Microsoft (MS) has launched a research project to create a new next generation of tools designed to, “help writers by showing them some of the alternative ways by which they can express their ideas.”

As the official project overview explains…

For all the huge leaps in progress in computing technology over the last half century, computers continue to be used extensively for one very old-fashioned purpose: creating text. Yet the range of tools aimed at helping writers with the authoring process has remained fairly static, with spelling and grammar checkers aimed at helping users avoid small or potentially embarrassing errors. Much less effort has been devoted to building tools or applications that assist writers in constructing better prose or finding alternative ways of expressing what they wish to communicate

Among the objectives of the project are the creation of software-based systems including:

  • An ‘enormous’ thesaurus containing more than 1 million keywords and key phrases,
  • An index of English synonyms and phrasal paraphrases,
  • A ‘very large language model’ designed to recognise contextual errors in language usage in the same way that WS Office currently attempts to recognise errors in word usage (i.e.- ‘your’ vs ‘you’re’ or ‘their’ vs ‘there’ or ‘they’re’).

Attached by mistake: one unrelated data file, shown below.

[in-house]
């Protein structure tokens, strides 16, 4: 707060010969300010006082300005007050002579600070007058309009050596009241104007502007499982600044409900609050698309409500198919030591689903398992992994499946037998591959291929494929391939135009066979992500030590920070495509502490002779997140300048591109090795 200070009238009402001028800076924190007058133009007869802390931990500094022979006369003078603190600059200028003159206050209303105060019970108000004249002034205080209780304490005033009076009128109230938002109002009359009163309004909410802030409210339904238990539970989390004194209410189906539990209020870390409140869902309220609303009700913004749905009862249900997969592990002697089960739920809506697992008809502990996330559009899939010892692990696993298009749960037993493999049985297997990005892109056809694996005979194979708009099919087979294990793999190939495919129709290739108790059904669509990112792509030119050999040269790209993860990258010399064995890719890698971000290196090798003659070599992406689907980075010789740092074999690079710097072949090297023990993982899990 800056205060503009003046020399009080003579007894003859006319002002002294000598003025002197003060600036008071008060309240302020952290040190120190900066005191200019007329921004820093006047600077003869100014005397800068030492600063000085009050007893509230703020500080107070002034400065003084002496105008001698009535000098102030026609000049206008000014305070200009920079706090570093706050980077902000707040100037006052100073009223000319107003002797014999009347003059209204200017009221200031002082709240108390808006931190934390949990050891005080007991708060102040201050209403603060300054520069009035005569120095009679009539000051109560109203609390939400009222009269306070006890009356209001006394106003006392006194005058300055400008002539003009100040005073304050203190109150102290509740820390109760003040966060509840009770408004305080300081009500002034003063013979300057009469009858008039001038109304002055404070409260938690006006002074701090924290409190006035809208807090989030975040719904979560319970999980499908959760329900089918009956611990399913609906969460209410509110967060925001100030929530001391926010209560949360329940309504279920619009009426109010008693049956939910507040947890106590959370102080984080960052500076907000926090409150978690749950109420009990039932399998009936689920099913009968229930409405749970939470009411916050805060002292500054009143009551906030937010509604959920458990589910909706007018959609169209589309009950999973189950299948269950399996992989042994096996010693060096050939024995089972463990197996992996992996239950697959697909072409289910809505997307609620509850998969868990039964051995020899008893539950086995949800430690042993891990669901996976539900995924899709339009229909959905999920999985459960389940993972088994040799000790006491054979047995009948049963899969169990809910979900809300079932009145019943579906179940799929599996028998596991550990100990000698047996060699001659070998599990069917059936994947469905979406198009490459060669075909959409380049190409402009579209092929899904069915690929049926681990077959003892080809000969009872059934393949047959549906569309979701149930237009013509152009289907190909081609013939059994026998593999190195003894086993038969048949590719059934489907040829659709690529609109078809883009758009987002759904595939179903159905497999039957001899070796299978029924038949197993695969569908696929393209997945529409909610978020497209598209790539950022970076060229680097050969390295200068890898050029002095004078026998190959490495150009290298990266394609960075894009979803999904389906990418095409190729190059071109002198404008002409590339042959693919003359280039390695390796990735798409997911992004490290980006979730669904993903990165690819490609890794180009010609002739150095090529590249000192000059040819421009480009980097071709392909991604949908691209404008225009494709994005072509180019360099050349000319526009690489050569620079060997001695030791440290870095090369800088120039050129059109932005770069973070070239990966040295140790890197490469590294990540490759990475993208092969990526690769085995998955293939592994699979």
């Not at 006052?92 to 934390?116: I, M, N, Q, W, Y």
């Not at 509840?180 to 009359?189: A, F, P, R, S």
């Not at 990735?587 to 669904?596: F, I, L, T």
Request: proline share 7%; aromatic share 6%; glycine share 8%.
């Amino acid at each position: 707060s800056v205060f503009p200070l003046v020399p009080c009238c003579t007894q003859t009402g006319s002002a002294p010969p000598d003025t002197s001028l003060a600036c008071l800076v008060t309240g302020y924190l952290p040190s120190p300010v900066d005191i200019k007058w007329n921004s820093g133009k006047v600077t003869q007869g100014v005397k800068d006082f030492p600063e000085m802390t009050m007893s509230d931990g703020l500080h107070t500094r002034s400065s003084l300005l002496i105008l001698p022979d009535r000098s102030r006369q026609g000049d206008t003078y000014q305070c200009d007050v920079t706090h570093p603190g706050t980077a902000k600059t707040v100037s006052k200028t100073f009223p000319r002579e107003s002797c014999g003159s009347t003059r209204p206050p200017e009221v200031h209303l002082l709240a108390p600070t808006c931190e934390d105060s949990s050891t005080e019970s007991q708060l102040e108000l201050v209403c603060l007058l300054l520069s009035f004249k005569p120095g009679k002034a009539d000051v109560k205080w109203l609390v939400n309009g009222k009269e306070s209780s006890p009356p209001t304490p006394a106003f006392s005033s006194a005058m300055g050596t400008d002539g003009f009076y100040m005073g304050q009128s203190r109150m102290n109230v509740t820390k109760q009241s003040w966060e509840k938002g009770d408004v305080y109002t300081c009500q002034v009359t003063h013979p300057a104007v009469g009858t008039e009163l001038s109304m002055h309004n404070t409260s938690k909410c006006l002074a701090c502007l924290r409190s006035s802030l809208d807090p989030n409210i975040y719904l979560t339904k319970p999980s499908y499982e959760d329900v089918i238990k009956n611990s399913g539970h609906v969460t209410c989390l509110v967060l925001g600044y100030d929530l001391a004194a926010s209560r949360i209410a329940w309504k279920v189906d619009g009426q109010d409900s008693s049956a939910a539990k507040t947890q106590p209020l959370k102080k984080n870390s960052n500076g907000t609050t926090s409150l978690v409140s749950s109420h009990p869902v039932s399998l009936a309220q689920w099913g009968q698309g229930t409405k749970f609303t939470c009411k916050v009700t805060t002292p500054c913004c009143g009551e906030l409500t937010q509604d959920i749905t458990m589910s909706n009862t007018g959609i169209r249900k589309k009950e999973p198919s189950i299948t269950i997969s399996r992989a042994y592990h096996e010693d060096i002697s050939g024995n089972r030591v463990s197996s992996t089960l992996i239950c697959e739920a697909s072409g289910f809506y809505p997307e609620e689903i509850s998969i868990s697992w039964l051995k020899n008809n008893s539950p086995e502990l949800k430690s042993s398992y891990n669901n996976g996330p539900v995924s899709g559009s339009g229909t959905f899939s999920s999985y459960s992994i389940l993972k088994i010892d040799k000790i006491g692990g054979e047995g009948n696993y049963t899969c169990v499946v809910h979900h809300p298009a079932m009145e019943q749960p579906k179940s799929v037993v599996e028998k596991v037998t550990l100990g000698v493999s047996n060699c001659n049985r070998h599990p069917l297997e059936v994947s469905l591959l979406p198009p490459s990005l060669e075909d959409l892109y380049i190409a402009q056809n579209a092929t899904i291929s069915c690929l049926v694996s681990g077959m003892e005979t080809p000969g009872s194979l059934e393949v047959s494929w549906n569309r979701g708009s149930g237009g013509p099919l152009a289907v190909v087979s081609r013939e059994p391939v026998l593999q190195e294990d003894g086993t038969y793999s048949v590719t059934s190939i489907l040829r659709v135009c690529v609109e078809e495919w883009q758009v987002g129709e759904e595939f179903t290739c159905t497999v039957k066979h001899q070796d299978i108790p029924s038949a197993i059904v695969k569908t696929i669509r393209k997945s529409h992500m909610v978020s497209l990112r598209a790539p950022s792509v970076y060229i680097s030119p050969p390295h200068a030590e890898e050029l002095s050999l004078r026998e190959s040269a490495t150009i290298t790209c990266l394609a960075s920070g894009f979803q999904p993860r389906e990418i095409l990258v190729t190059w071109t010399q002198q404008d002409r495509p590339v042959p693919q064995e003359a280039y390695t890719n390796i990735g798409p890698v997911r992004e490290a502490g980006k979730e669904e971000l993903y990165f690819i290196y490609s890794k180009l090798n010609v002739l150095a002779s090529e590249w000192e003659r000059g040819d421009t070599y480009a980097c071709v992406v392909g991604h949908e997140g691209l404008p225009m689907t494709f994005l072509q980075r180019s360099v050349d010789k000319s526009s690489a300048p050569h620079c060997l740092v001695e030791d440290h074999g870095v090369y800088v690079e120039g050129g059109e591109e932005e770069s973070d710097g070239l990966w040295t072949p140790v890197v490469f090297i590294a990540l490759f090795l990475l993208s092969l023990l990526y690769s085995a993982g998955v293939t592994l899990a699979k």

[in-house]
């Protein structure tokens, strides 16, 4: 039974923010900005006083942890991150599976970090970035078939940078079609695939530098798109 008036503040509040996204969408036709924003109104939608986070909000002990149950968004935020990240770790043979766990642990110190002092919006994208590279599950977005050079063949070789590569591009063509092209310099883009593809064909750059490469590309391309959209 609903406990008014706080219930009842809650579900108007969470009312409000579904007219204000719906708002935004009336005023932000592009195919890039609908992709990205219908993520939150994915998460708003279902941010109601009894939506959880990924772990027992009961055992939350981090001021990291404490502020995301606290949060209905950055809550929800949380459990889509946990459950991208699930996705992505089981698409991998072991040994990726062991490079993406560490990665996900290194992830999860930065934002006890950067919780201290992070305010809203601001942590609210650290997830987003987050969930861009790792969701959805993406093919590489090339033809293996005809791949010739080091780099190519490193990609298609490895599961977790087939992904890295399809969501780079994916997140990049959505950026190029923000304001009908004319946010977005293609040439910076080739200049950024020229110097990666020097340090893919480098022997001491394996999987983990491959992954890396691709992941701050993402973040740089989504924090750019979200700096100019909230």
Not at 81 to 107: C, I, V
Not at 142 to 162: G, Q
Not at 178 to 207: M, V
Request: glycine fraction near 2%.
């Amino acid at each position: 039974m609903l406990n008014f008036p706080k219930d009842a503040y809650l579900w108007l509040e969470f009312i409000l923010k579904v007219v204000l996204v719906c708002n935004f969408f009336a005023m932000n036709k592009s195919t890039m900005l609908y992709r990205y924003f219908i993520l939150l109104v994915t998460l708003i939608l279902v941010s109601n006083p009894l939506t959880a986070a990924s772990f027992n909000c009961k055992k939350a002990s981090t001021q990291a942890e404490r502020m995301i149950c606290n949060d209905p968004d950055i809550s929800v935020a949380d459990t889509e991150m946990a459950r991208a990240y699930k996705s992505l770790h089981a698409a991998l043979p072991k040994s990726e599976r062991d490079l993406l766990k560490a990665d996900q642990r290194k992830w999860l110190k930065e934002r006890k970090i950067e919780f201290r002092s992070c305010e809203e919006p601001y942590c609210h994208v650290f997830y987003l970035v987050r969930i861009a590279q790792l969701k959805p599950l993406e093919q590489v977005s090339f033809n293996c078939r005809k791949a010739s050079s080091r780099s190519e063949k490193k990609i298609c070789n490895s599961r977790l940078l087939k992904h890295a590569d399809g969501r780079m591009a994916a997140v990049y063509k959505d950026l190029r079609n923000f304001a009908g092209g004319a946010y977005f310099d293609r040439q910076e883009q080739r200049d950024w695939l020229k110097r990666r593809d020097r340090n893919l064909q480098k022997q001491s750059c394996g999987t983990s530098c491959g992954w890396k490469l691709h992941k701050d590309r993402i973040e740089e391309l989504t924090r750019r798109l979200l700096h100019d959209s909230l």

The result of all that should be…

…a new kind of thesaurus; one that does not simply point the user to a list of synonyms for a word in their document – most of them not quite right for one reason or another – but that instead suggests a smaller set of synonyms that are most likely to make sense in that particular context.

The writing assistance tool project’s long-term vision is nothing less than a fully-automated paraphrasing system which not only suggests alternative words and phrases, but also suggests alternative sentence structures and other shades of expression.

However… We work-a-day journalists wonder if all this technology will actually turn out to be a constructive substitute for the traditional methods of learning how to express one’s self: lots and lots of reading and writing. Critics point out that simply handing emerging writers more-sophisticated word and structure options won’t actually teach them anything and will, in fact, contribute to the further decline of the English language.

We’ll be watching the evolution of ‘writing assistance’ systems with special interest…

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